Bhubaneswar: Justice M B Shah Commission, probing illegal mining activities in Odisha, on Monday asked the state government and Union Ministry of Environment and Forest to clear their stands on issues relating to mineral exploration within 10 km radius of wildlife sanctuaries.
The Commission asked both the governments to submit affidavits in this regard before the commission on April 4. Justice Shah gave this ruling while hearing certain mine lessees who were accused of illegally undertaking mining operation within 10 km radius of wildlife sanctuaries.
The issue relating to mining near sanctuaries became controversial after several mine lessees claimed there was no prohibitory order on mining operation within 10 km radius from the wildlife sanctuaries and that none of them were operating mines near sanctuary areas since an order issued in 2005.
Official sources, however, said there were nine iron ore and manganese mines and 21 mineral reserves within 10 km radius of wildlife sanctuaries.
"The state government has stopped mining operation of all the mines working in close vicinity of Similipal National Park in Mayurbhanj district," a senior official of steel and mines department said.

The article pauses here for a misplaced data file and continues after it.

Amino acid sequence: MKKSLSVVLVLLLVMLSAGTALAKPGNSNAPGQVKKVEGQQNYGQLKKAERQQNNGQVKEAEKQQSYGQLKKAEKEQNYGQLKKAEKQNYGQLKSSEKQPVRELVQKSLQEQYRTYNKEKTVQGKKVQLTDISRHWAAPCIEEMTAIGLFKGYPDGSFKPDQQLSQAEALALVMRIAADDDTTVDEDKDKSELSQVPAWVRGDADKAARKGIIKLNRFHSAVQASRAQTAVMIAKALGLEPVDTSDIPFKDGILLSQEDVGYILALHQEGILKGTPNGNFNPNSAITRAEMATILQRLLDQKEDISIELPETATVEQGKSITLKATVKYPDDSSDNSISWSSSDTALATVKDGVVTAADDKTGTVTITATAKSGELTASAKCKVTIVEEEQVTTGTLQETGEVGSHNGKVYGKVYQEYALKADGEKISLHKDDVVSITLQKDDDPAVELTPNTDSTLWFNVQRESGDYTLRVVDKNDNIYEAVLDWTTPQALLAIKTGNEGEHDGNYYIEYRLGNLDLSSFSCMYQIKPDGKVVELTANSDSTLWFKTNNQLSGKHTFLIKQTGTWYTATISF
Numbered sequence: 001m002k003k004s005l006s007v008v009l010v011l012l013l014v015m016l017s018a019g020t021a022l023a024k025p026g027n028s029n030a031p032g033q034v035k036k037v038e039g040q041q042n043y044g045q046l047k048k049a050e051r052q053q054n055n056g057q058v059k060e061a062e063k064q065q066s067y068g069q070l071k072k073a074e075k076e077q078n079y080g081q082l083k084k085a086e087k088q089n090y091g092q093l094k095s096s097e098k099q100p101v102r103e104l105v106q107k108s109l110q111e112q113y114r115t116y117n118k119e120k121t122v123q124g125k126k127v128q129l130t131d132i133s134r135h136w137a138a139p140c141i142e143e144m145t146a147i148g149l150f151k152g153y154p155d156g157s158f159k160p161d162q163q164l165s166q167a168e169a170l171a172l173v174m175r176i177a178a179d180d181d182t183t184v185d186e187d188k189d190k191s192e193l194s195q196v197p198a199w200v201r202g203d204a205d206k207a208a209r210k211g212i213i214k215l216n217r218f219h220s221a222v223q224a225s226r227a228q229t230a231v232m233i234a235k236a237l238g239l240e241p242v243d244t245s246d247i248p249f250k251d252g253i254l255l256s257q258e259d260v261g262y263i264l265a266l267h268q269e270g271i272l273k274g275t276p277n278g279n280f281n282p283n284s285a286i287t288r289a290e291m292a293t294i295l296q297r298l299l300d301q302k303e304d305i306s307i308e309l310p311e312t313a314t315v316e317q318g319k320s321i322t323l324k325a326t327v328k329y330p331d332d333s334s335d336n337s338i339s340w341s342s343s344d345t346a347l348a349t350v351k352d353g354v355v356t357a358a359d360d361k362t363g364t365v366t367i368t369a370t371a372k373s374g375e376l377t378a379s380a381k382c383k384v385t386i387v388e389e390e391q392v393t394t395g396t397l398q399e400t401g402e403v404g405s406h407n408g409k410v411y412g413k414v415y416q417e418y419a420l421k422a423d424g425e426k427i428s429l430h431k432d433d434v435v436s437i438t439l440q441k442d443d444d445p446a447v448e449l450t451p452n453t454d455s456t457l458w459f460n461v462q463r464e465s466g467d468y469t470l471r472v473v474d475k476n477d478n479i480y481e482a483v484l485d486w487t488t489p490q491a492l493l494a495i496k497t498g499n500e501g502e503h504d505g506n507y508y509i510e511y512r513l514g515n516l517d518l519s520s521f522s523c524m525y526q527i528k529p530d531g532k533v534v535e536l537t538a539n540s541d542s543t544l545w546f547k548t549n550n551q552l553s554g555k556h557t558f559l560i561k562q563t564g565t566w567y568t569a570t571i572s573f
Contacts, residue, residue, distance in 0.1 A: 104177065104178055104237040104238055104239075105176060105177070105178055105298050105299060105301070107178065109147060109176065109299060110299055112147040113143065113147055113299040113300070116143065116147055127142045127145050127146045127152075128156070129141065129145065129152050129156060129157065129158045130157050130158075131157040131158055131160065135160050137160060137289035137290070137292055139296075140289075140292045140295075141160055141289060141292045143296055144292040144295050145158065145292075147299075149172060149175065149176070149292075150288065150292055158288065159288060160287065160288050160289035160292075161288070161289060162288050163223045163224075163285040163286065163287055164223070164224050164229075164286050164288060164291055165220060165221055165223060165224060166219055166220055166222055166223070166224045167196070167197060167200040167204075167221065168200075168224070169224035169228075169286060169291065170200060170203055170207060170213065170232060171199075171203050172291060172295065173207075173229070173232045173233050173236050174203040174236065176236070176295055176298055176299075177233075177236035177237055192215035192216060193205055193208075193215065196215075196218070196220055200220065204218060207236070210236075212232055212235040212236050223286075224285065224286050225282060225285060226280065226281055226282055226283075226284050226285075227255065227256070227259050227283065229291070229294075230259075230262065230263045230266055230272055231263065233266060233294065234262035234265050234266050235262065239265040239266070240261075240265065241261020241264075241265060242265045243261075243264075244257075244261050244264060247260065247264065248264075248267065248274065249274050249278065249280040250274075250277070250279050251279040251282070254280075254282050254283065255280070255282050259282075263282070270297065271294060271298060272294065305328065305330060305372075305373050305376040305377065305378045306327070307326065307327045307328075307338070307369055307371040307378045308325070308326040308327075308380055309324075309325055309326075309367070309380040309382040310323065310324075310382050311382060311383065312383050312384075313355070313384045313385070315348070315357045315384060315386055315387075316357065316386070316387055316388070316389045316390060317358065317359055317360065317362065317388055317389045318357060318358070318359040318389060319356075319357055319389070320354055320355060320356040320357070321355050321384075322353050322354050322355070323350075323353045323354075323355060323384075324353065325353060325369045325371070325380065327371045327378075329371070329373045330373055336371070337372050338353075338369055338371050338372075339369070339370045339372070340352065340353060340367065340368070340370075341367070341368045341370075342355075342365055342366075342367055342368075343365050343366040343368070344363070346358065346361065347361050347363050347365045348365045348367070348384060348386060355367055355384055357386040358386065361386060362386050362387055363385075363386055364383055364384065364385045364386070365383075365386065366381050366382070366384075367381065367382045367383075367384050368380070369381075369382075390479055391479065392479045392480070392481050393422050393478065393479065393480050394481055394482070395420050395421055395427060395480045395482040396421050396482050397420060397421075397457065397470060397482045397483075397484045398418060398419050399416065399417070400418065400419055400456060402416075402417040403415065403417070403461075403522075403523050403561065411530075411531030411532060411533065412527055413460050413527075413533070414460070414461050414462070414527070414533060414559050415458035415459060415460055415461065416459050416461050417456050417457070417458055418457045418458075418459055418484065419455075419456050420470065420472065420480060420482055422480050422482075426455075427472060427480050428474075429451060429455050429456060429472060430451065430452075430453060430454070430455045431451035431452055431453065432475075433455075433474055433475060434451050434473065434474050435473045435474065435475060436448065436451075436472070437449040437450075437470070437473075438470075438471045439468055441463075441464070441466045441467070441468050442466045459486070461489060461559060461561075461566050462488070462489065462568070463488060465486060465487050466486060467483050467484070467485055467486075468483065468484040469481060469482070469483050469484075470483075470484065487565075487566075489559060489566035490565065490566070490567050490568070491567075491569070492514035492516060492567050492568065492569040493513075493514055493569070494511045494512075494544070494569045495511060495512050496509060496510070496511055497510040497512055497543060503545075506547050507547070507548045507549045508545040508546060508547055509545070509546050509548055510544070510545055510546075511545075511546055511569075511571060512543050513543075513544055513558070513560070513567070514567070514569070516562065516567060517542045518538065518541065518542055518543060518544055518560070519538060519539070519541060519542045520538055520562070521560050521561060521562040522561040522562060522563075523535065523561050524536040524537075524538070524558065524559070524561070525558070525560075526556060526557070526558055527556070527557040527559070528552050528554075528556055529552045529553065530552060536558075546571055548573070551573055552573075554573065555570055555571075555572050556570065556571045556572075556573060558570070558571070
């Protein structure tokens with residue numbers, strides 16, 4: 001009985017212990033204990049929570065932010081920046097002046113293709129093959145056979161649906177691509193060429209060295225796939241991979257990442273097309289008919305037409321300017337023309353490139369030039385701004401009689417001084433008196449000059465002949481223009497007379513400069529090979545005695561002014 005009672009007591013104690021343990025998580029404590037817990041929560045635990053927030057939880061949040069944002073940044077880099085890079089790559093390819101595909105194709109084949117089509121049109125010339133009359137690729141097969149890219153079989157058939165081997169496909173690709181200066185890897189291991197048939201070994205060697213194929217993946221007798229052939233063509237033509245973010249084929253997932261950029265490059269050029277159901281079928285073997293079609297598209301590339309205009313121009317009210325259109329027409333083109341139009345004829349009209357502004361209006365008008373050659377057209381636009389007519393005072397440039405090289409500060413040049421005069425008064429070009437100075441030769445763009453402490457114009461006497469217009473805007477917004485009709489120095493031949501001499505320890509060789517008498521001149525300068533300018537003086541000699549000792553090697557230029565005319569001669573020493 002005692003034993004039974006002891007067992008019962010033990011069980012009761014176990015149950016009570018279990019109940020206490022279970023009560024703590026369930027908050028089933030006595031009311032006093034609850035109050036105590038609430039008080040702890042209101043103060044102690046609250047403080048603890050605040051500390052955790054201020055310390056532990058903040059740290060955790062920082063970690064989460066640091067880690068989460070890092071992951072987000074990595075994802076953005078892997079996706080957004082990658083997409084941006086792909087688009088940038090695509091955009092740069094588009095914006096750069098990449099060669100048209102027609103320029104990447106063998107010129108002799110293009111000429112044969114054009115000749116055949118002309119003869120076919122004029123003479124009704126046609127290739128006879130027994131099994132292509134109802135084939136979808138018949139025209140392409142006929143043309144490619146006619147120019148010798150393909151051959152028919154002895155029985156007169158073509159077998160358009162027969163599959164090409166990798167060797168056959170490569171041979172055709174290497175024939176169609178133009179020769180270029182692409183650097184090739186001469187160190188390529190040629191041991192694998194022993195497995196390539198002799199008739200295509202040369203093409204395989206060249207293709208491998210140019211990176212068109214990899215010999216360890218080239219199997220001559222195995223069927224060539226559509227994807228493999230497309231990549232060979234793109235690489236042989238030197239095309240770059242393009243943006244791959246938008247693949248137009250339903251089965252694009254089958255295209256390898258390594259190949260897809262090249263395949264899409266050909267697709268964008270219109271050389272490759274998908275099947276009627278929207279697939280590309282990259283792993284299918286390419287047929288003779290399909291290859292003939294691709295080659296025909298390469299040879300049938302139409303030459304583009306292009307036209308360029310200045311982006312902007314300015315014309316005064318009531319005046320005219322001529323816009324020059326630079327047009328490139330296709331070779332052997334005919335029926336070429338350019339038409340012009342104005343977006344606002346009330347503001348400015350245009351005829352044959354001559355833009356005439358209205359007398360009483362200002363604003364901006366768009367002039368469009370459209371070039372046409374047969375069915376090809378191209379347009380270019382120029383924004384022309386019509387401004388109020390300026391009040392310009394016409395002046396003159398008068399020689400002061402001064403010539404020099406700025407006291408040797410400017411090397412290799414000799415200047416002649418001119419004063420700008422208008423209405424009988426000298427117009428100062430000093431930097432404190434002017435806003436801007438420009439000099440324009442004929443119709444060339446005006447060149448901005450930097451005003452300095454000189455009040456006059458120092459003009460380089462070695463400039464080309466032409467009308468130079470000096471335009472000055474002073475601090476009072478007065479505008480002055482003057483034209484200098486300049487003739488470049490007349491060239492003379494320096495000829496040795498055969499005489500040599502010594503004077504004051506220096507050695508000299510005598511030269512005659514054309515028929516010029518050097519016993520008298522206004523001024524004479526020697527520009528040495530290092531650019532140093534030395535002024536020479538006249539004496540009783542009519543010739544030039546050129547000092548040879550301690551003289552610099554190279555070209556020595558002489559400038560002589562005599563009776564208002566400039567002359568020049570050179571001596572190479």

Meanwhile, Odisha government formed five sub-committees (two for Keonjhar and three for Sundergarh districts) under the seven-member committee to undertake field verification on mines, Director of Mines Deepak Mohanty said.
Each sub-committee, to be headed by a scientist of Odisha Remote Sensing Application Centre (ORSAC), will comprise two officials each from steel and mines department, revenue and disaster management department and forest and environment department.
Modalities of field verification would be decided by scientists to be chosen by the commission, with the government proposing the panel to set up a state-level committee for overall monitoring of verification work at the field level, Mohanty said.